A New American Frontier

Benjamin F. Gue, History of Iowa: From the Earliest Times to the Beginning of the Twentieth Century, 4 vols. (New York: Century History Co., 1903), 1:58

Iowa lands became part of the United States with the Louisiana Purchase of 1803. The federal government lost little time in exploring this vast new American Frontier. Most of us are familiar with the 1804 expedition of Captain Lewis Meriwether and Lt. William Clark. Their trek up the Missouri River provided early information about western Iowa. More expeditions followed.

Mindful of European influence, the federal government authorized military exploration for the purpose of establishing an American presence and securing rights to Indian trade. Lt. Zebulon Pike’s 1805 expedition probed the Mississippi River country of eastern Iowa and established early outposts near present-day Burlington.

Illustration by author.

Lt. Stephen Watts Kearny led a series of expeditions beginning with an 1820 trek that crossed Iowa lands diagonally from near Council Bluffs to present-day Winona, Minnesota. Kearny was accompanied by “regular army” soldiers of the 6th U.S. Infantry Regiment. Subsequent journeys in 1824, 1826, and and 1835 established routes along major rivers and older Indian trails. These would serve as pathways to the interior for the rush of pioneer settlement soon to come. Continue reading

Two Friends

Besides Louis Honoré Tesson, two other French-Canadians enjoyed the bounty of Spanish land grants in Iowa. Julien Dubuque settled in present-day Dubuque County about 1785. He operated the “Mines of Spain,” lead mines, worked largely by local natives, and established a trading empire. His land grant, procured in present-day Dubuque County from the Spanish government in 1796, was twenty-one miles long and nine miles wide. [1] Financial troubles later caused Dubuque to deed a large portion of his holdings to a St. Louis creditor; by the time of his death in 1810, Dubuque was bankrupt. The city and county named for him are a lasting legacy to this adventurer.

Julien Dubuque Spanish land grant tract map [1]

Julien Dubuque Spanish land grant tract map [1]

Dubuque’s friend, Basil Giard, received almost 7000 acres across the river from Prairie du Chien, Wisconsin. He settled his family near the site of present-day McGregor in Clayton County and brought some of the land under cultivation. [2] Dubuque and Giard maintained possession of their Iowa properties until their deaths, Dubuque in 1810, Giard in1817, but legal claim to their lands became problematic when the United States purchased Louisiana Territory in 1803. Continue reading

Fruit, Furs, and Faith

Commemorating Louis Honore Tesson.

Commemorating Louis Honore Tesson. Photographs by author,

Tucked into the southeast corner of the state where the Des Moines River meets the Mississippi, traces of the past still linger in Lee County. In 1799 one of Iowa’s earliest pre-territorial white inhabitants, French-Canadian Louis Honoré Tesson, settled his family here in Iowa country.

The Mississippi valley had long been a contested area, with British, French and Spanish vying for domination of the rich fur trade and control of the great river’s highway to the gulf. French defeat by the British brought the vast Louisiana Territory under Spanish control, but it would take more than a treaty to keep the pesky Americans from intruding and competing for trade. The Spanish sought to cement their rule through a series of land grants to private individuals who would promote Spanish interests on the frontier. Continue reading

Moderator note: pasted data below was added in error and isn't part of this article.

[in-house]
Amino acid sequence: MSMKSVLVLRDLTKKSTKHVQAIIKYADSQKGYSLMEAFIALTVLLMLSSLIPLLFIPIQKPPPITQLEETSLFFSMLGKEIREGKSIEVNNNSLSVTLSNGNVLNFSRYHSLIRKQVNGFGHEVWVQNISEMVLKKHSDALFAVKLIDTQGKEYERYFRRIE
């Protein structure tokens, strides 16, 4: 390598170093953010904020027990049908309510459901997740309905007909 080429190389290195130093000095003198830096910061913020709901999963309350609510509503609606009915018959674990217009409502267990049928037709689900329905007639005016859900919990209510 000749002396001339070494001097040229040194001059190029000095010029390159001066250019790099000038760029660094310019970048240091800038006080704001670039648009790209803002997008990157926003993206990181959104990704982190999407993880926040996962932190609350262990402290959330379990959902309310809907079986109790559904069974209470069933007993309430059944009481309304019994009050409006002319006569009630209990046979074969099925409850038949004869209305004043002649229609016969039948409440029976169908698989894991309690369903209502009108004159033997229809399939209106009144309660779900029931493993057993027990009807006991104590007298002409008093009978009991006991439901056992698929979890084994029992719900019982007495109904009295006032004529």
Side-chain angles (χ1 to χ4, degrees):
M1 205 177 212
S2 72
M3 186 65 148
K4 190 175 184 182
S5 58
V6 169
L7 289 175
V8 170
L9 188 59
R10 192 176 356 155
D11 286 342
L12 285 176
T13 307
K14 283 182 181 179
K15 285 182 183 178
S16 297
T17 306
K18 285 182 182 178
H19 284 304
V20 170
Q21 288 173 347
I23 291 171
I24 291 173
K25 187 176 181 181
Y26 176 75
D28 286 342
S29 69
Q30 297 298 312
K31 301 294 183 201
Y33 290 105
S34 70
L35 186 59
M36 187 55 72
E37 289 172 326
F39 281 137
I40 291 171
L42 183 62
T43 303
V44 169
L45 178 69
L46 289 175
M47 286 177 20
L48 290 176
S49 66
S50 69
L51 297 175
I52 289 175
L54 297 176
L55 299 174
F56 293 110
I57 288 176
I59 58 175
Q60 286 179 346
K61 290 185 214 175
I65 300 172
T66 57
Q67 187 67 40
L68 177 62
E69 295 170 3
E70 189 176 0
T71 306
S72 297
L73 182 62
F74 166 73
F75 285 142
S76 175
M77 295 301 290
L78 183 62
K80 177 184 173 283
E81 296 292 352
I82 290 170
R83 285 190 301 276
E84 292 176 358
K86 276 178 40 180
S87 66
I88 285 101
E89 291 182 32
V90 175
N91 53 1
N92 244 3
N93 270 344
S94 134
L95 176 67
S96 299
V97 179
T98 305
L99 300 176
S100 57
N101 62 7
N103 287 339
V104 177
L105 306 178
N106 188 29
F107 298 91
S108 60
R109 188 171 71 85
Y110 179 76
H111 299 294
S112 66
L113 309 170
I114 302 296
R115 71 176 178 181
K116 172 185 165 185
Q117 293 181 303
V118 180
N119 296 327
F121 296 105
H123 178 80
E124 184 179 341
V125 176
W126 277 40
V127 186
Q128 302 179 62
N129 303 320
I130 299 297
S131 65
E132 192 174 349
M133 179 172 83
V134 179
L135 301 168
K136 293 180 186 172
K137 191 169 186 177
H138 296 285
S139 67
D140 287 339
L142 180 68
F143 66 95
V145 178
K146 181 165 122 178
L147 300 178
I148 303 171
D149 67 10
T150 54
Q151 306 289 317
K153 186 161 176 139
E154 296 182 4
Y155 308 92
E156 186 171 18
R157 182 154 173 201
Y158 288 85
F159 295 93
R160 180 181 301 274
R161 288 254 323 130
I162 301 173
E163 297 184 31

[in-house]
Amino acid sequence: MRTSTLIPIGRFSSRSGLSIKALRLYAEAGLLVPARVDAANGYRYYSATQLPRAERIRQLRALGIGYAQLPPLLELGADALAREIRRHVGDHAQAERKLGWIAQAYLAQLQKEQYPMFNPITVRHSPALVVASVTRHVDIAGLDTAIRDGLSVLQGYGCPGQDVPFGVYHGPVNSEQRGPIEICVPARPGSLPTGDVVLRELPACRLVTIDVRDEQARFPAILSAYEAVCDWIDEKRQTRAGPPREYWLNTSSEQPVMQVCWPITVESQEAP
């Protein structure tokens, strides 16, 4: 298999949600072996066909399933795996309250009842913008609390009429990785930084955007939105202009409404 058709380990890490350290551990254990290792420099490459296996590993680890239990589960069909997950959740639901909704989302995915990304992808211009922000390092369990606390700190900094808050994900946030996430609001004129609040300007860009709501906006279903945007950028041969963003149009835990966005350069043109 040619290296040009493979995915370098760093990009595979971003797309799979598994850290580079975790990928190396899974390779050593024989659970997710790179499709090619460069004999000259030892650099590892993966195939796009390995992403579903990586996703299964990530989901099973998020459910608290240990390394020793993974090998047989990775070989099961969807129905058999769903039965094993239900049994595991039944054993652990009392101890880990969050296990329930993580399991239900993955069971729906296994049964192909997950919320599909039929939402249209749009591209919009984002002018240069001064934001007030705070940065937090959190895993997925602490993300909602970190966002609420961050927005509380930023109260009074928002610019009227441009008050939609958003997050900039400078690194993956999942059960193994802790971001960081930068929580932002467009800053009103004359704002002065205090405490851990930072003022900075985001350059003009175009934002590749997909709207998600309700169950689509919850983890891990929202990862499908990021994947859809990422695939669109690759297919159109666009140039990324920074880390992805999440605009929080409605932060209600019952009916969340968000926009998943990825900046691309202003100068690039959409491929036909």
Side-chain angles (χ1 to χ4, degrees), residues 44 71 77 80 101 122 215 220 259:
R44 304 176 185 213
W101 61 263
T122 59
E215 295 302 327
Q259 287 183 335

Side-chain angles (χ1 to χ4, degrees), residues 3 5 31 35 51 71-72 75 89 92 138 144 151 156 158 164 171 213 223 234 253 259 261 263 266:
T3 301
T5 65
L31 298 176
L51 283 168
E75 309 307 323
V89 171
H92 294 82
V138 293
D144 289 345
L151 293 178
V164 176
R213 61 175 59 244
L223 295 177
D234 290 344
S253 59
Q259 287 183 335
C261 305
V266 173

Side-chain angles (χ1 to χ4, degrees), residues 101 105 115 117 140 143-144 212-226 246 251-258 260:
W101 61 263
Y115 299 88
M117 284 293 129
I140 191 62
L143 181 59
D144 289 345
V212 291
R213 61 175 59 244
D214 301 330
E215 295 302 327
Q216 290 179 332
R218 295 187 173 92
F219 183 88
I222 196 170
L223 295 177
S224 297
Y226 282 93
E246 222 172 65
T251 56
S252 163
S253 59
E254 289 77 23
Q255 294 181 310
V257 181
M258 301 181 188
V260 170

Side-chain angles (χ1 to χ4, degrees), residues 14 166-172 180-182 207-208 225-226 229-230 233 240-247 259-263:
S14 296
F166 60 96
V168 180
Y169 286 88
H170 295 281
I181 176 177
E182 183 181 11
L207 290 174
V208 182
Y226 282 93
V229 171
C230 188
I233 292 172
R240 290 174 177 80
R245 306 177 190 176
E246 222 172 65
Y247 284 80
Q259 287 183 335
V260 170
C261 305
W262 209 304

Resources for Iowa’s Frontier Traders

Trappers & tradersMany resources exist to help you learn more about your frontier trader. Here are a few to get you started:

Campbell, Marjorie Wilkins. The North West Company. New York: St. Martin’s Press, 1957. Available online, Internet Archive.

Chicago History Museum, Research Center. American Fur Company records, 1816 – 1947. Textual and microfilm. Continue reading

Iowa’s First Europeans

the Des Moines River, Van Buren County, Iowa

Morning mist along the Des Moines River,
Van Buren County, Iowa. Photograph by author.

Long before Thomas Jefferson authorized the Louisiana Purchase, and long before Lewis and Clark’s famous journey up Iowa’s western border Missouri River, Europeans explored, trapped, and traded in the “land between two rivers.” Most of us are familiar with the journeys of La Salle, Marquette and Jolliet, but they were soon followed by other adventurers.

Between 1673 and 1803, the central part of the North American continent was controlled by France and Spain. They, along with the British, vied for supremacy in the lucrative Native American fur trade. Fur was king, and traders expanded spheres of national influence as they crisscrossed the vast western frontier. Continue reading

Native Peoples

Native American tribes associated with Iowa belonged to two major families:

  • Chief Black Hawk

    Chief Black Hawk

    Sioux (Dakotahs) family included related tribes Ioway, Omahas, Winnebagoes, Osages, Sisseons, Missouris and Otoes. These tribes migrated from the eastern Great Lakes region to present-day central and northern Iowa, southern Minnesota, and the Dakotas.

  • Algonquin family consisted of the Illinois, Sauk (Sac), Fox (Meskwaki), Chippewas, Attouays and Pottawattamies. These tribes occupied northern Missouri and southern Iowa.

The state of Iowa derives its name from the Ioway tribe, who migrated to southeastern Iowa in the late 1700s, settling in the vicinity of present-day Davis, Van Buren and Wapello counties. They were pushed out of these lands by other tribes in the 1820s and moved into central and southwestern Iowa. Between 1820 and 1840, the tribe ceded its lands in Minnesota, Iowa and Missouri and relocated to reservations in Kansas and Nebraska. Continue reading